2. We do not have 10% of our population (which would mean about 32 million) incarcerated. It's closer to 2%.

  3. If a class action suit or other manner of retribution is possible, count me in. I have email and voicemail from the man. He colluded with opposing counsel, I am certain. My case was damaged so severely it nearly lost me everything and I am still paying dearly.

  4. There's probably a lot of blame that can be cast around for Indiana Tech's abysmal bar passage rate this last February. The folks who decided that Indiana, a state with roughly 16,000 to 18,000 attorneys, needs a fifth law school need to question the motives that drove their support of this project. Others, who have been "strong supporters" of the law school, should likewise ask themselves why they believe this institution should be supported. Is it because it fills some real need in the state? Or is it, instead, nothing more than a resume builder for those who teach there part-time? And others who make excuses for the students' poor performance, especially those who offer nothing more than conspiracy theories to back up their claims--who are they helping? What evidence do they have to support their posturing? Ultimately, though, like most everything in life, whether one succeeds or fails is entirely within one's own hands. At least one student from Indiana Tech proved this when he/she took and passed the February bar. A second Indiana Tech student proved this when they took the bar in another state and passed. As for the remaining 9 who took the bar and didn't pass (apparently, one of the students successfully appealed his/her original score), it's now up to them (and nobody else) to ensure that they pass on their second attempt. These folks should feel no shame; many currently successful practicing attorneys failed the bar exam on their first try. These same attorneys picked themselves up, dusted themselves off, and got back to the rigorous study needed to ensure they would pass on their second go 'round. This is what the Indiana Tech students who didn't pass the first time need to do. Of course, none of this answers such questions as whether Indiana Tech should be accredited by the ABA, whether the school should keep its doors open, or, most importantly, whether it should have even opened its doors in the first place. Those who promoted the idea of a fifth law school in Indiana need to do a lot of soul-searching regarding their decisions. These same people should never be allowed, again, to have a say about the future of legal education in this state or anywhere else. Indiana already has four law schools. That's probably one more than it really needs. But it's more than enough.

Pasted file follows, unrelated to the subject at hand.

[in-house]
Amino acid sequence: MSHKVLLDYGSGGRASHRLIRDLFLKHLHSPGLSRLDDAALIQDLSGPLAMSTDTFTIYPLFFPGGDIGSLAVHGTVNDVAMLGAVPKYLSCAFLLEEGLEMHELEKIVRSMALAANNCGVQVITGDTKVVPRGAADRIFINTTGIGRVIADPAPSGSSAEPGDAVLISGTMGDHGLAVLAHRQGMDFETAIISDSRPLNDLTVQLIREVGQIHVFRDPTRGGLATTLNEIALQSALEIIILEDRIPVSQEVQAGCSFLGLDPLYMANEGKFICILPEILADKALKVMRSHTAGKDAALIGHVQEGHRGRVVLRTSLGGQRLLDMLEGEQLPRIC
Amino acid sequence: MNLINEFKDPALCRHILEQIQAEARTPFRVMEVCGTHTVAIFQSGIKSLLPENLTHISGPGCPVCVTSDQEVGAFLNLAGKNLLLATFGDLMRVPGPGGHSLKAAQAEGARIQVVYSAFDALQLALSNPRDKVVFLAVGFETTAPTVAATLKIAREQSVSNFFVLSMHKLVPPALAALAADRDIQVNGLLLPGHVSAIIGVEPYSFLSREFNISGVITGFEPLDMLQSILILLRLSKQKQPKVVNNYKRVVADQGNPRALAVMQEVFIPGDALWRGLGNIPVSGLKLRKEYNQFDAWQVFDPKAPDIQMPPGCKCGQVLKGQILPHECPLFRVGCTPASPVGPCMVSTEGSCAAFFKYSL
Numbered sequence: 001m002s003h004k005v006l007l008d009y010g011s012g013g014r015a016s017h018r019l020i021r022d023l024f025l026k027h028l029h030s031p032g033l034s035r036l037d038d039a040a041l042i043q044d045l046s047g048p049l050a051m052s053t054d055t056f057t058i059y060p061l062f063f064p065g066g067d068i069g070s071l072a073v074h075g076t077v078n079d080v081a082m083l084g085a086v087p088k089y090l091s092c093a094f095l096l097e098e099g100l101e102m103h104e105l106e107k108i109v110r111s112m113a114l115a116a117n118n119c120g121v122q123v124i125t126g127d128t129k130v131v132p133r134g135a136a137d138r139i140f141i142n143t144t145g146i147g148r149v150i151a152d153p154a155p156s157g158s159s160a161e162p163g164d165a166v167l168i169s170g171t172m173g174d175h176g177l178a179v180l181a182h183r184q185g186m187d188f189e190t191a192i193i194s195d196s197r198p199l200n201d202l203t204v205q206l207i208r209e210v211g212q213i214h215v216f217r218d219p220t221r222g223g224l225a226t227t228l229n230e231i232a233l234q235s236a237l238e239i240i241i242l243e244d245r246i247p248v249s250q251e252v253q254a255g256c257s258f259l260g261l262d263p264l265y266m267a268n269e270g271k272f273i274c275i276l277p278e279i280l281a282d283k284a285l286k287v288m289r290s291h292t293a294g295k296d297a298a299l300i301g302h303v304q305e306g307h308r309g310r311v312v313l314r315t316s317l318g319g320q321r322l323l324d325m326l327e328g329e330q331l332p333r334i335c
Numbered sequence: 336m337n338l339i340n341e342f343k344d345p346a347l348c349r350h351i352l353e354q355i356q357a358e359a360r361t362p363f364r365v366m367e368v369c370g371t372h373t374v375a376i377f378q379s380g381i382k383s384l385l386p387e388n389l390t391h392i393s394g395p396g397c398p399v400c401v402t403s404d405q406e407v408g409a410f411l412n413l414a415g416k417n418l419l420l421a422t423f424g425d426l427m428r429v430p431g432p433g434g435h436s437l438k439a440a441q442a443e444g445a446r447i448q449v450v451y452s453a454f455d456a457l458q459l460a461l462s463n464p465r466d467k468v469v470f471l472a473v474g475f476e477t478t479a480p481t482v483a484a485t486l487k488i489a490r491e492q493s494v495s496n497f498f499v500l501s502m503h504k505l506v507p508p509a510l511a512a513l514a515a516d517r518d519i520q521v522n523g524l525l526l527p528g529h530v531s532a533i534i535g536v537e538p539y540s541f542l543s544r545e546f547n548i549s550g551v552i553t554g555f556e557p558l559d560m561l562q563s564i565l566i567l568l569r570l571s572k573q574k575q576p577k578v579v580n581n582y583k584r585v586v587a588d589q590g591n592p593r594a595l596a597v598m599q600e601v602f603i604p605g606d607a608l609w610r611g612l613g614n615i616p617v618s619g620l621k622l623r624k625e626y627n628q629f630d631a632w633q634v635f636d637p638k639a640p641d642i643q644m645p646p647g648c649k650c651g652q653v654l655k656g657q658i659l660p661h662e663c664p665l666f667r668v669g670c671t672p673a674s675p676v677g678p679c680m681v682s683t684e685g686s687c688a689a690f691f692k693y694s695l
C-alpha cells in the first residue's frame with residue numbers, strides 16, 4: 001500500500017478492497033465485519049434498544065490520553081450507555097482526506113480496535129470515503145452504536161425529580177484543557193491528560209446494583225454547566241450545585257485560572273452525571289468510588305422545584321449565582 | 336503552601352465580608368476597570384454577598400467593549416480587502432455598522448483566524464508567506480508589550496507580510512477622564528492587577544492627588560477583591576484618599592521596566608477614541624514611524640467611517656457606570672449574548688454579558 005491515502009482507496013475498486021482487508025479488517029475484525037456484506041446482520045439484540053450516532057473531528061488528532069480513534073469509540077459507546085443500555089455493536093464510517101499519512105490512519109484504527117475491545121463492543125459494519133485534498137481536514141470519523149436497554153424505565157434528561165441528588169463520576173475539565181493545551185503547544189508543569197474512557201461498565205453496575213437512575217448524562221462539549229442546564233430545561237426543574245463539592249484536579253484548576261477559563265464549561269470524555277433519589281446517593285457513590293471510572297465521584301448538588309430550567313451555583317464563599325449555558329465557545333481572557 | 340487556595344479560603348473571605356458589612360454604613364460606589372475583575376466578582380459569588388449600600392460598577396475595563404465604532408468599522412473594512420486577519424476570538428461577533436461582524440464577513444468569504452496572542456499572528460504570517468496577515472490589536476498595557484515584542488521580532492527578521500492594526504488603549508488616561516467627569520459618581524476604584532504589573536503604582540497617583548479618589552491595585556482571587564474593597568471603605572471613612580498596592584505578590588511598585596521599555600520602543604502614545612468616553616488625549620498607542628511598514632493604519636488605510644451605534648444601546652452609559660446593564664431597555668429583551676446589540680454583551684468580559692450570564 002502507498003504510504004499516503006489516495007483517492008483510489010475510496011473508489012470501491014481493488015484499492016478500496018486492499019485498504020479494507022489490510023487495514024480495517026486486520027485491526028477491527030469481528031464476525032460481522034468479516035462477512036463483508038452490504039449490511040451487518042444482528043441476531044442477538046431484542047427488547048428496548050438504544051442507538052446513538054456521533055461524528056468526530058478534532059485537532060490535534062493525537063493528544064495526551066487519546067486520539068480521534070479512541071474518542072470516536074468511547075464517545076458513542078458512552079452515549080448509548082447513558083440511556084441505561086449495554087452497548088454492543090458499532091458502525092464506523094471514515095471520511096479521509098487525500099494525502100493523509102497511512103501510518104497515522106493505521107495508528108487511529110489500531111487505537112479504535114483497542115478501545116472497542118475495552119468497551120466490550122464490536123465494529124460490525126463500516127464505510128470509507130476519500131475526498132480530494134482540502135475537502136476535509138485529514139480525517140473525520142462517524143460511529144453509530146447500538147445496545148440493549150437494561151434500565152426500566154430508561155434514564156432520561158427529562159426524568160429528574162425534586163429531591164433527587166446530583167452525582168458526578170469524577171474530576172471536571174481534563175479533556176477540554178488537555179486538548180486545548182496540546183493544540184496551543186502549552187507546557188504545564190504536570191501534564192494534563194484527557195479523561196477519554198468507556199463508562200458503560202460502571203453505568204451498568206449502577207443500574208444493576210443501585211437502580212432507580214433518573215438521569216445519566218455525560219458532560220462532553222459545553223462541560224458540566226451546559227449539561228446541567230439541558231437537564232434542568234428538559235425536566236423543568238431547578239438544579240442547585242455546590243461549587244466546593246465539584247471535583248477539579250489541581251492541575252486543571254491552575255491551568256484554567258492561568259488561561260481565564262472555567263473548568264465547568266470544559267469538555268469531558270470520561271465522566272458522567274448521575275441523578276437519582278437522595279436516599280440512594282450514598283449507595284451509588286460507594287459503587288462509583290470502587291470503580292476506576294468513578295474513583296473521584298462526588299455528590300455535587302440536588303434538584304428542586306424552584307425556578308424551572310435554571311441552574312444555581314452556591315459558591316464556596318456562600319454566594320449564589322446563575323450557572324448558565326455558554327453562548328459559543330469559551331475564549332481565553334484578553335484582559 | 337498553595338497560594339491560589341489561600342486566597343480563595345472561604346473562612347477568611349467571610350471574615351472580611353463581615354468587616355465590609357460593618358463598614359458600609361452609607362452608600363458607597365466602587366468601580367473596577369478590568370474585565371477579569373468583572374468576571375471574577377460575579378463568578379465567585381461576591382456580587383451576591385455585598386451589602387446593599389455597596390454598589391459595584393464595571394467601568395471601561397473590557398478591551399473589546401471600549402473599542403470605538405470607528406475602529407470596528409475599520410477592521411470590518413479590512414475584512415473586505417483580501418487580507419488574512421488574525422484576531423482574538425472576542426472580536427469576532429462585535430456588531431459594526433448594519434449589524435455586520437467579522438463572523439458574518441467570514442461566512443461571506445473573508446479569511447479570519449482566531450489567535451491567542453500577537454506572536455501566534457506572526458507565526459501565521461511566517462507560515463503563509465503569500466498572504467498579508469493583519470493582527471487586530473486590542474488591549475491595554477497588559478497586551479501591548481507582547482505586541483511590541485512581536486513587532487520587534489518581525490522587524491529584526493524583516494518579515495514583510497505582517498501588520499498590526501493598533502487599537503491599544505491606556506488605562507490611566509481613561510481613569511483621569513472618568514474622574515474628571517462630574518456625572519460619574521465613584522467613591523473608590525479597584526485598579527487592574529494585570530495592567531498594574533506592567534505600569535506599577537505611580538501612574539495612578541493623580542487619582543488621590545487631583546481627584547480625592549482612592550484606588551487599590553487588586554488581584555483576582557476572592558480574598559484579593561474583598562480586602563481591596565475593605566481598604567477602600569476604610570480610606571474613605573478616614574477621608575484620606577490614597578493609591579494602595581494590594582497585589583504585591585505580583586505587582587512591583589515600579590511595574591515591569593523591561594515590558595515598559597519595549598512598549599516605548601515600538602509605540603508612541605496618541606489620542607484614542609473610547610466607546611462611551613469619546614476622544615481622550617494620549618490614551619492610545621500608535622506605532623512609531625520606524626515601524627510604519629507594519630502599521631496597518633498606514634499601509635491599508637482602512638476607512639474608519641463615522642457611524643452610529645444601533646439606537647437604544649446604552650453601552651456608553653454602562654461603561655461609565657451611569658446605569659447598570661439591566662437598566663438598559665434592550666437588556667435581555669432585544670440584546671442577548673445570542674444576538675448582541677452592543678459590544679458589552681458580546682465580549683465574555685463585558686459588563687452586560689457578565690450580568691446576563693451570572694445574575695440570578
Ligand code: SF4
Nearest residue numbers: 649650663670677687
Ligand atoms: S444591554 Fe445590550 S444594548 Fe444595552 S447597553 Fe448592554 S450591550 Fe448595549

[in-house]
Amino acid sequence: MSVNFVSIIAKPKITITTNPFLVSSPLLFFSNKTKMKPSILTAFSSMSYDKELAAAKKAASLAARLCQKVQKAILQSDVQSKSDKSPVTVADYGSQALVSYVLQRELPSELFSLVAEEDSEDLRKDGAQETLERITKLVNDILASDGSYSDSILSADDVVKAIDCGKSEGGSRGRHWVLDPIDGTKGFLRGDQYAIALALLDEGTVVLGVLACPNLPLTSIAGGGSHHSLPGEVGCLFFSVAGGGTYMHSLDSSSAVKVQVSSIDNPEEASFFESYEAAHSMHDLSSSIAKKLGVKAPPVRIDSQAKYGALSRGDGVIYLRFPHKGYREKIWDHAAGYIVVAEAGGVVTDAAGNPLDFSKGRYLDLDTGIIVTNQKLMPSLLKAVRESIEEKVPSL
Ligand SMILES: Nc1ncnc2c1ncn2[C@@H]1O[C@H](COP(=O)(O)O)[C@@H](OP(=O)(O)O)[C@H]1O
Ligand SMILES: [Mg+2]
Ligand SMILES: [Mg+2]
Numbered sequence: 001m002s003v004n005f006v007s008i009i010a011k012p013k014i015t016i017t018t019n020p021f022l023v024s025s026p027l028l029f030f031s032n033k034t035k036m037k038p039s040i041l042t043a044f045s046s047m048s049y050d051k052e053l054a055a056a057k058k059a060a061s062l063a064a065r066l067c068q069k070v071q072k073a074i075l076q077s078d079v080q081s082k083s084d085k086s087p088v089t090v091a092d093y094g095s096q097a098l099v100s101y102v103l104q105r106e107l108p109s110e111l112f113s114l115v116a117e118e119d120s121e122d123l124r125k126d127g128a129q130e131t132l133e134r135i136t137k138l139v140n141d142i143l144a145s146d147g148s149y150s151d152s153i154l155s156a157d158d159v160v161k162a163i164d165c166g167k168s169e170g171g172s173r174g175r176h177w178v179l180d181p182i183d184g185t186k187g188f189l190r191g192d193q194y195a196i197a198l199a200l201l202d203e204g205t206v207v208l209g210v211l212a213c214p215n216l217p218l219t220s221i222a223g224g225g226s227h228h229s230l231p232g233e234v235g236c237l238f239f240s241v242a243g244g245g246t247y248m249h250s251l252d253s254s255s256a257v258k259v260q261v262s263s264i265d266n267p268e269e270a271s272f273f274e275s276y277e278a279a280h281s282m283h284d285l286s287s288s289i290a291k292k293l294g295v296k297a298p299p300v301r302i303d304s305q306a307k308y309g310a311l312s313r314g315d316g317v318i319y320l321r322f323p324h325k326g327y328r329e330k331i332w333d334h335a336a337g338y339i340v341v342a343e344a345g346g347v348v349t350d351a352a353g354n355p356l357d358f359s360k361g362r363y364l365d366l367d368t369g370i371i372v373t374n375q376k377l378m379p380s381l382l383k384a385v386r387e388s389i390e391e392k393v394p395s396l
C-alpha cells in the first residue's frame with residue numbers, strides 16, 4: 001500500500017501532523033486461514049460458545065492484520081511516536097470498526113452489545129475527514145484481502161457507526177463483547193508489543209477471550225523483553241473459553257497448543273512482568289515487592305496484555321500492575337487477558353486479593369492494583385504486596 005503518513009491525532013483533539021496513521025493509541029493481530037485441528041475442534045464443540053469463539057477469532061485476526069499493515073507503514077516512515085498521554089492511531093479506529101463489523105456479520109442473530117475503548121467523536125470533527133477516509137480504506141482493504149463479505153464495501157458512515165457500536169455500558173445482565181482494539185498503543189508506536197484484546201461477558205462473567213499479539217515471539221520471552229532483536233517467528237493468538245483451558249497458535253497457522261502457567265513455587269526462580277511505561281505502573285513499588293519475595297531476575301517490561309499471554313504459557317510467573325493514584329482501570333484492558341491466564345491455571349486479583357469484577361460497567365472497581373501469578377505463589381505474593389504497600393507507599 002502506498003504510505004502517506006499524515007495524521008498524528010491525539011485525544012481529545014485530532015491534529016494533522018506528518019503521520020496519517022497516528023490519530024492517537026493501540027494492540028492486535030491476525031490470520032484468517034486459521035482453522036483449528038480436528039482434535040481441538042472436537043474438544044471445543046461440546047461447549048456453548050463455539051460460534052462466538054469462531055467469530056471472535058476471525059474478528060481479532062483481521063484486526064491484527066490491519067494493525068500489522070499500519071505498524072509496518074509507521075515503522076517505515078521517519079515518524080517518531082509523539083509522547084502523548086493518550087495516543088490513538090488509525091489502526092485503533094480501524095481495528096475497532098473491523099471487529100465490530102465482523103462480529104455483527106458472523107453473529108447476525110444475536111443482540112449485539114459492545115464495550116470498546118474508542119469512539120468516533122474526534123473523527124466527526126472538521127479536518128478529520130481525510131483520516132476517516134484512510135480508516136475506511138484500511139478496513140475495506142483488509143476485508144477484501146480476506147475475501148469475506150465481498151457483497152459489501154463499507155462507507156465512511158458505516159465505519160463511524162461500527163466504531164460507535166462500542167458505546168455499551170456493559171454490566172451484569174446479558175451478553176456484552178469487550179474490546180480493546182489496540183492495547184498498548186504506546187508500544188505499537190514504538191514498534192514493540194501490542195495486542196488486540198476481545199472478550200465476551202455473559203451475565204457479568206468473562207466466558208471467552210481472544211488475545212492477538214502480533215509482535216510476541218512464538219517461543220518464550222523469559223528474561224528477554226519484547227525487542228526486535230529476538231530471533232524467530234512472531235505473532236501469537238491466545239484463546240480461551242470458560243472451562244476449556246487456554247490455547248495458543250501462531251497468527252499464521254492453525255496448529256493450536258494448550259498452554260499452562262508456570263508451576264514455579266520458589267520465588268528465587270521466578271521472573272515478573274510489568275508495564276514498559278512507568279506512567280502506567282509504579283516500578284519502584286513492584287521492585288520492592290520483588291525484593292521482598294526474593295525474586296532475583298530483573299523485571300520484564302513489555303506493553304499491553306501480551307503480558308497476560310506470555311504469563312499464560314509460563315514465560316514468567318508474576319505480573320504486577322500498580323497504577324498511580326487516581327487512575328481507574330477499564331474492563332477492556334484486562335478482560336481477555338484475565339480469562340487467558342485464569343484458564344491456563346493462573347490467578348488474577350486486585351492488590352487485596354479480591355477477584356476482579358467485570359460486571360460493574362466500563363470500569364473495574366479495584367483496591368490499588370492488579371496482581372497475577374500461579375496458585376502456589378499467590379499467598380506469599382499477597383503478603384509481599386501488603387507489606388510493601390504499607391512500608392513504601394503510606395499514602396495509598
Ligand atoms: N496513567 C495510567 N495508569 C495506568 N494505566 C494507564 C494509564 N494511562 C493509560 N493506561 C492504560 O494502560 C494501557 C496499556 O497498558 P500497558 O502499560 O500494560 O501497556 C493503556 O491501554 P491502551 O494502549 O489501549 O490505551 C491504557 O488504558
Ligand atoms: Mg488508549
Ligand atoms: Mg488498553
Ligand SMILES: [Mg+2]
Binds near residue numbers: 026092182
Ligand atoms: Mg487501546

5. This man Steve Hubbard goes on any online post or forum he can find and tries to push his company. He said court reporters would be obsolete a few years ago, yet here we are. How does he have time to search out every single post about court reporters and even spy in private court reporting forums if his company is so successful???? Dude, get a life. And back to what this post was about, I agree that some national firms cause a huge problem.